The Washington Post recently profiled Georgetown University sophomore Anna Landre (F’21) and her efforts to “change the way people think about disabilities.” Landre, who has spinal muscular atrophy type 2 and is in a wheelchair, urges others to view disability as a core part of her identity, rather than a deficit to overcome.
In a column for The Hoya, Landre explained the importance of this mindset, writing, “Disabled people are America’s largest minority, and as a society we fail to pursue equality for this group when we separate disability from other types of ‘diverse’ identities.”
Landre says that society tends to assume that, for disabled people, the source of adversity is internal—a medical condition—whereas “for other minority groups, we tend to understand that their adversity is caused by external factors like prejudice or a lack of opportunity; we therefore fight to eliminate those barriers.” For instance, she writes, when she can’t access certain spaces, “it isn’t my disability that limits me, but that those around me have made a decision to construct buildings that don’t accommodate everyone.”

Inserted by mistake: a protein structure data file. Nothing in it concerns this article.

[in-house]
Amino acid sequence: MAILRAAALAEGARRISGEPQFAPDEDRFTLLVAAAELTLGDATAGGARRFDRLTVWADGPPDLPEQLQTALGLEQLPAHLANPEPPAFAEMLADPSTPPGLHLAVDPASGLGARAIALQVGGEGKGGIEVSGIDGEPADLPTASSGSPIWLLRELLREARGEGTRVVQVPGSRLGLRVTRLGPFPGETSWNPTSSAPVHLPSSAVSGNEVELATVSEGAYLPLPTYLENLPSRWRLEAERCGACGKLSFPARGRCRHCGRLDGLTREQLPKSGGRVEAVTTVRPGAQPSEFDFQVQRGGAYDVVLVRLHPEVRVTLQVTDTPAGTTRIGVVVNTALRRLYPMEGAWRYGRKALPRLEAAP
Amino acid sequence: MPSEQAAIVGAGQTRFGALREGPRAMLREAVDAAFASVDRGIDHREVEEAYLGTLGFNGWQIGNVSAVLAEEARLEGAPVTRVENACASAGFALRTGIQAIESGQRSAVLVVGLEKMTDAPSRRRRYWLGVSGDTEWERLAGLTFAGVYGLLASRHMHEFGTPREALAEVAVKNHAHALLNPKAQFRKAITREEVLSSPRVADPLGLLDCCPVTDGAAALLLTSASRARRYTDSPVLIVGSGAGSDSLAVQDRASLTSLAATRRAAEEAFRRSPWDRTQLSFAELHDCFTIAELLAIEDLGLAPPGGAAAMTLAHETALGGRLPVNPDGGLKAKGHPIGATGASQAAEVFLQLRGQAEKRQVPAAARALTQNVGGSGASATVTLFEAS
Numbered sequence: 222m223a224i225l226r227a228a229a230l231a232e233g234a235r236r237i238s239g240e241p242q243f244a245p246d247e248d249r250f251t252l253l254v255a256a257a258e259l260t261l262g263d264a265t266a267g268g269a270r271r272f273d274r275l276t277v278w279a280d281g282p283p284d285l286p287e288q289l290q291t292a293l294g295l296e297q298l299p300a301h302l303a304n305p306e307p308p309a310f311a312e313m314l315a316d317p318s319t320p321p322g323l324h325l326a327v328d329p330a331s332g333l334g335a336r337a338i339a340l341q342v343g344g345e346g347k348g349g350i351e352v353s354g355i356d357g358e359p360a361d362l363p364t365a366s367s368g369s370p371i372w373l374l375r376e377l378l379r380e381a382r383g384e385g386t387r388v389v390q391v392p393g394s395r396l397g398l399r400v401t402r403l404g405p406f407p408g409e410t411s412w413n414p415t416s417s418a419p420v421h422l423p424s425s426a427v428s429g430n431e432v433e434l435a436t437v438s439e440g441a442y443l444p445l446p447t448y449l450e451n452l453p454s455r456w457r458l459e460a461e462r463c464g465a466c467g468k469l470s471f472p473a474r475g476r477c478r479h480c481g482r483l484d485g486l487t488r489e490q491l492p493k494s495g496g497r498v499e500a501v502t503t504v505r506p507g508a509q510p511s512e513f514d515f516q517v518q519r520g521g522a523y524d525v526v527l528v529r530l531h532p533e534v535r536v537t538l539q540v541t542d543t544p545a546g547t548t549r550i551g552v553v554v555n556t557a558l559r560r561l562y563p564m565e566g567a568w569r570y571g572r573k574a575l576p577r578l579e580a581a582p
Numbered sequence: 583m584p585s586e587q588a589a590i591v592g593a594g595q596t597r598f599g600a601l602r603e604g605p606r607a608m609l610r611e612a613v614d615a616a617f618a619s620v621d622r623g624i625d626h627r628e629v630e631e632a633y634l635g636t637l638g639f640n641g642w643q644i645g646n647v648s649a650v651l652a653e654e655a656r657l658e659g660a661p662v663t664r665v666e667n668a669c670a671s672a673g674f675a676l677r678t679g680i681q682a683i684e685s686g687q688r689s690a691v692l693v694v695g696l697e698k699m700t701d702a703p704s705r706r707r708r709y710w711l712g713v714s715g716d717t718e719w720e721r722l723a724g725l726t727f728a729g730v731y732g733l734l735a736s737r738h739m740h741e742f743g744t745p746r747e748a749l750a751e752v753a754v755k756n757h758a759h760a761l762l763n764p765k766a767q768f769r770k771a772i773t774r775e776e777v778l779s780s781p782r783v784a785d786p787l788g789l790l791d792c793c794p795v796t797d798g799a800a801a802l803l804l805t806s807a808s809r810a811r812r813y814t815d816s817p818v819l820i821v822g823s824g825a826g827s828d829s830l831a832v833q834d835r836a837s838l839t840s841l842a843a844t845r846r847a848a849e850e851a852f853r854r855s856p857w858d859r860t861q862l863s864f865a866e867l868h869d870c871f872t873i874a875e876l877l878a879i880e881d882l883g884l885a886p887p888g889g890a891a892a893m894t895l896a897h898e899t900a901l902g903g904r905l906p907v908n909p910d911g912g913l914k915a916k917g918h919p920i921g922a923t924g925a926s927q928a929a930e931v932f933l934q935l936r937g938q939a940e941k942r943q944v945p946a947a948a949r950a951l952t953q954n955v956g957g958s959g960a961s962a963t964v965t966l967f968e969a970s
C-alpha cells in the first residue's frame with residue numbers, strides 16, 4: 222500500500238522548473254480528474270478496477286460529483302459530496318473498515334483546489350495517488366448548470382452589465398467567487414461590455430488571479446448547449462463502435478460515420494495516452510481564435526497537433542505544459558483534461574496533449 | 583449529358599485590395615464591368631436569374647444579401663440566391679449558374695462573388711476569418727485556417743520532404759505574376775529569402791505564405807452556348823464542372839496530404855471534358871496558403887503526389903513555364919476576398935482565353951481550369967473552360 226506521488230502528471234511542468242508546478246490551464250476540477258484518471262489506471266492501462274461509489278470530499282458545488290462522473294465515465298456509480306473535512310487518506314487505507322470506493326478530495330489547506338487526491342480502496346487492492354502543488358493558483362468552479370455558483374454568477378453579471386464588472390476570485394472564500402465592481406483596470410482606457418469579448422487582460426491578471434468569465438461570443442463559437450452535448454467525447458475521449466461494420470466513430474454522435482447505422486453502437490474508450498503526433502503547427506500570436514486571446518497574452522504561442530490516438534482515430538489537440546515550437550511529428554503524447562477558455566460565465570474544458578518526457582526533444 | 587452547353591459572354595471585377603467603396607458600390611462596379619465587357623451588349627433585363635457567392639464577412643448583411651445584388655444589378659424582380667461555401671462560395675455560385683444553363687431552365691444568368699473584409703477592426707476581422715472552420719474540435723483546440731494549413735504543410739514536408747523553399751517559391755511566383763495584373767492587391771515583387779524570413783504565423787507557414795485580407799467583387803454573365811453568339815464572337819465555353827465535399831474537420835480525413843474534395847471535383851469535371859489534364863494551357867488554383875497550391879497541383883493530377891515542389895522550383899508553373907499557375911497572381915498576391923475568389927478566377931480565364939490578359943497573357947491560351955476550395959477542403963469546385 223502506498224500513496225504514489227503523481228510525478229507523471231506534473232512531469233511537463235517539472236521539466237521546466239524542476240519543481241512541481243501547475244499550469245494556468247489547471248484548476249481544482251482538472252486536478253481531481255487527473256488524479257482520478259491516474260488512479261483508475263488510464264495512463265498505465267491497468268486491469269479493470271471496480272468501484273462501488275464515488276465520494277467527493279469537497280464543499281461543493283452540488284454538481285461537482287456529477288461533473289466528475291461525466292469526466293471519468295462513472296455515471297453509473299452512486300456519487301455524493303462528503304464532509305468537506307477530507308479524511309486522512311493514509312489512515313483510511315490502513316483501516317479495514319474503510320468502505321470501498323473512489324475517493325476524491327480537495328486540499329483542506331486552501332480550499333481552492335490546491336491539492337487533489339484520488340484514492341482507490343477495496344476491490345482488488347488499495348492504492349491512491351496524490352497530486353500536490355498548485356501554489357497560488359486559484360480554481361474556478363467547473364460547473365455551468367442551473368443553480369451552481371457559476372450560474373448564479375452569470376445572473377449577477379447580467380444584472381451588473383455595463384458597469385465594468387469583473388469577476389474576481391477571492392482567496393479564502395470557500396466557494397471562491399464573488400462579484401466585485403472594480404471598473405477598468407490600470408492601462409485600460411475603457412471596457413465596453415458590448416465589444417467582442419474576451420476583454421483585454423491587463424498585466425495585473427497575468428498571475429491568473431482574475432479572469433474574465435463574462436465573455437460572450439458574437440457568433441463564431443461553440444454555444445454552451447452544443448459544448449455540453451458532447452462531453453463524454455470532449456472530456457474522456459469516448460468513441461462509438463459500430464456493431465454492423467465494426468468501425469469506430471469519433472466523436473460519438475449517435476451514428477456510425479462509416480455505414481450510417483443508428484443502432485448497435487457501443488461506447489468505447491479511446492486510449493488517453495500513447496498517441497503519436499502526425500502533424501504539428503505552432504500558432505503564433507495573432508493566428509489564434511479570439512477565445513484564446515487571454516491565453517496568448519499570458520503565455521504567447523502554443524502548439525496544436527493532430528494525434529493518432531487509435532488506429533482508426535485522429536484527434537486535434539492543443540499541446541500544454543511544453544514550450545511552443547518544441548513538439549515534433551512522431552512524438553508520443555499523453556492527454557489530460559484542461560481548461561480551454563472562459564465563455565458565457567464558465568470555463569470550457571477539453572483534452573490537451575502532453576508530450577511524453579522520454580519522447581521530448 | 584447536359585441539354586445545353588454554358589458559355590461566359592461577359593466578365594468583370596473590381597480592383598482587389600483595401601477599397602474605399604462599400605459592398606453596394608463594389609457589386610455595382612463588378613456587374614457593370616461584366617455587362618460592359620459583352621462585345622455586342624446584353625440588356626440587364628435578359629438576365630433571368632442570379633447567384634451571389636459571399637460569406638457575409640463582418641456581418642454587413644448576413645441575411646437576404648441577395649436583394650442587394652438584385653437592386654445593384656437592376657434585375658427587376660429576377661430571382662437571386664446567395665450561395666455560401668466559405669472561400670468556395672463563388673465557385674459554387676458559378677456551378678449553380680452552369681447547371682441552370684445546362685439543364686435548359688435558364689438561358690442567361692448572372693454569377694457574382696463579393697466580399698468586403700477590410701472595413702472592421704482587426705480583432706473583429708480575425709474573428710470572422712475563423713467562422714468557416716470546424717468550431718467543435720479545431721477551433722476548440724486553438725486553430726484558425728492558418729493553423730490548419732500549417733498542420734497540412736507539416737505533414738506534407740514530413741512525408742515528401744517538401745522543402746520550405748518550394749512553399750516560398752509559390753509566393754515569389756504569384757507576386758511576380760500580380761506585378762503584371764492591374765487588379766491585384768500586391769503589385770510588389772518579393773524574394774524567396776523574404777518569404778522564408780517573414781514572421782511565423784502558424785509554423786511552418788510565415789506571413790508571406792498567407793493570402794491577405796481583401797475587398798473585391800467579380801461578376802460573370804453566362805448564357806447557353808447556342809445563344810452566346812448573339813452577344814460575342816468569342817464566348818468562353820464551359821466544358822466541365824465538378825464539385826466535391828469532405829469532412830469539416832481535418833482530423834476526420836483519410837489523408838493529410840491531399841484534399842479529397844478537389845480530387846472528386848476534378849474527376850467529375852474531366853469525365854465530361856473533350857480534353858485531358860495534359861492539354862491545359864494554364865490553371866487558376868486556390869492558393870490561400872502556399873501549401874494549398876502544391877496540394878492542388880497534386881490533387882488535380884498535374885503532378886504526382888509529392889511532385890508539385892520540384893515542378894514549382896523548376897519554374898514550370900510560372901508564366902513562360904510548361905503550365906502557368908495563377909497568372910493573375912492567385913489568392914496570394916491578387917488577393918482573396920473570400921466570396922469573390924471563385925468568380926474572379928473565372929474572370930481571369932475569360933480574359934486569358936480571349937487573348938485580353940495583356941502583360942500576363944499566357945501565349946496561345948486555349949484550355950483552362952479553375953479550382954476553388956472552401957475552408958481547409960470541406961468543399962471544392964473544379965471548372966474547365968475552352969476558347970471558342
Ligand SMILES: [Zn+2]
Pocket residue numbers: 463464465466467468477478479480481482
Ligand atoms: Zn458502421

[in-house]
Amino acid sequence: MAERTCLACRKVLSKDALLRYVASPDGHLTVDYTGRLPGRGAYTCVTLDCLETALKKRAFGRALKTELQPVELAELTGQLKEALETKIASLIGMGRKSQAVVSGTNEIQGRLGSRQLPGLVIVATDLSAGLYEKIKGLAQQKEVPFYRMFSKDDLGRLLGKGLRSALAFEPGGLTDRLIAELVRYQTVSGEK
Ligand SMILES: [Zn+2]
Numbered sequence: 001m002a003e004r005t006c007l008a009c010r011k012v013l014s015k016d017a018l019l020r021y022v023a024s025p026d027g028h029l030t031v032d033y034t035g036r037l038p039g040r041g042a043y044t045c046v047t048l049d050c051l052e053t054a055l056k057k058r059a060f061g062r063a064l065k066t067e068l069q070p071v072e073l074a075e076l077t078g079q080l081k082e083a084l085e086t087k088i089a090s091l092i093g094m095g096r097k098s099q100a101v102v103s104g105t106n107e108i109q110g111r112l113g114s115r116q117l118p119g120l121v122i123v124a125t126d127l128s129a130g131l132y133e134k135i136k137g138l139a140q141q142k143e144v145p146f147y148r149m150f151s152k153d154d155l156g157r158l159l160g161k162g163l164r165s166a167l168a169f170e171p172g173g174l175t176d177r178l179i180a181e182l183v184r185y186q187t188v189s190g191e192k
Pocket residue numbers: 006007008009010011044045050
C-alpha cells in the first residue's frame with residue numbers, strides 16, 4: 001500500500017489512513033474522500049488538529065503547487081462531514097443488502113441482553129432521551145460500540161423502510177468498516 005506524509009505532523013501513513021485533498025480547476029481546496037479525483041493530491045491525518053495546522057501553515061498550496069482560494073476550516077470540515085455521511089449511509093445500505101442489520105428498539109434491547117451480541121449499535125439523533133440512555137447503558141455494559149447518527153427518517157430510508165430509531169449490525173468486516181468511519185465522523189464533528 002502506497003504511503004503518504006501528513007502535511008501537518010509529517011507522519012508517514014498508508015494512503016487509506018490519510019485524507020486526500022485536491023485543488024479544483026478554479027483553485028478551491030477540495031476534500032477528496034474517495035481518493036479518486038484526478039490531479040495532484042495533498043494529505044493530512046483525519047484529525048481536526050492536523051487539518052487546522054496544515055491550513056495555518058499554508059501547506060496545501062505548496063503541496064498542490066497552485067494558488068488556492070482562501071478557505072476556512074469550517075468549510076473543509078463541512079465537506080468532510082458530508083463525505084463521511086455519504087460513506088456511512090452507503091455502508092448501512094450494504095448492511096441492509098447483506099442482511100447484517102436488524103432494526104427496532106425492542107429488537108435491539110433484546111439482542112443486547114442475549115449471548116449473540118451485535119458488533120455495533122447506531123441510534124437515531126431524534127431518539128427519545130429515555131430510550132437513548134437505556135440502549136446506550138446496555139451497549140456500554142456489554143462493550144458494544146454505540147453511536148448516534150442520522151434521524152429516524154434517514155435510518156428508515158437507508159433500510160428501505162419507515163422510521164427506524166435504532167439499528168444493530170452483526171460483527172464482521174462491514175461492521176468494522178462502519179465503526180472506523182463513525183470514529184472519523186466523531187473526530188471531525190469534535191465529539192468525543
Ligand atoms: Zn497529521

Speaking with the Post, Landre pointed out other systemic barriers that complicate disabled students’ college experiences. She says she had to fight her insurer to keep her aide services after earning $14 an hour at an internship last summer—and subsequently heard from others across the country balancing the desire to work with the need to retain their aides. “The assumption is, if you’re disabled, you’re not going to work, and if you’re working, you’re not disabled,” Landre told the Post.
Landre hopes her advocacy will lead others to “view disability as a normal part of human diversity,” adding that “we cannot pretend to pursue a just and equal society if we continue to leave the largest minority behind.”